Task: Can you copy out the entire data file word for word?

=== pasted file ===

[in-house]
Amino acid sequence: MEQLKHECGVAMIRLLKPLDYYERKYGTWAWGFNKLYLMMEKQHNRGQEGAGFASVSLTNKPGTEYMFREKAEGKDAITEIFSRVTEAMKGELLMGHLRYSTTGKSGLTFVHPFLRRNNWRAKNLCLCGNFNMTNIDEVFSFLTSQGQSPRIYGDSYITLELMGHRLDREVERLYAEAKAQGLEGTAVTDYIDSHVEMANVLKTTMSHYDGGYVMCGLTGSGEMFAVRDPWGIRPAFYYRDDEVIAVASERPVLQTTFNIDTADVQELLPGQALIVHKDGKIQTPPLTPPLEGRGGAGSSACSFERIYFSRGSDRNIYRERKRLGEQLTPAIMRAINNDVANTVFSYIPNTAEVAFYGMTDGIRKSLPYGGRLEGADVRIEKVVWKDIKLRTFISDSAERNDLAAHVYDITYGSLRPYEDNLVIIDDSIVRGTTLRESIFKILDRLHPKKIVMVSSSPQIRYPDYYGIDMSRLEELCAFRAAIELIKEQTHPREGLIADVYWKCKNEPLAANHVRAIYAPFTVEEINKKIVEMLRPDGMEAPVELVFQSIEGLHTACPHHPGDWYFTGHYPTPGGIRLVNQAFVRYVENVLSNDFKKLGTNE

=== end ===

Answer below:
[in-house]
Amino acid sequence: MEQLKHECGVAMIRLLKPLDYYERKYGTWAWGFNKLYLMMEKQHNRGQEGAGFASVSLTNKPGTEYMFREKAEGKDAITEIFSRVTEAMKGELLMGHLRYSTTGKSGLTFVHPFLRRNNWRAKNLCLCGNFNMTNIDEVFSFLTSQGQSPRIYGDSYITLELMGHRLDREVERLYAEAKAQGLEGTAVTDYIDSHVEMANVLKTTMSHYDGGYVMCGLTGSGEMFAVRDPWGIRPAFYYRDDEVIAVASERPVLQTTFNIDTADVQELLPGQALIVHKDGKIQTPPLTPPLEGRGGAGSSACSFERIYFSRGSDRNIYRERKRLGEQLTPAIMRAINNDVANTVFSYIPNTAEVAFYGMTDGIRKSLPYGGRLEGADVRIEKVVWKDIKLRTFISDSAERNDLAAHVYDITYGSLRPYEDNLVIIDDSIVRGTTLRESIFKILDRLHPKKIVMVSSSPQIRYPDYYGIDMSRLEELCAFRAAIELIKEQTHPREGLIADVYWKCKNEPLAANHVRAIYAPFTVEEINKKIVEMLRPDGMEAPVELVFQSIEGLHTACPHHPGDWYFTGHYPTPGGIRLVNQAFVRYVENVLSNDFKKLGTNE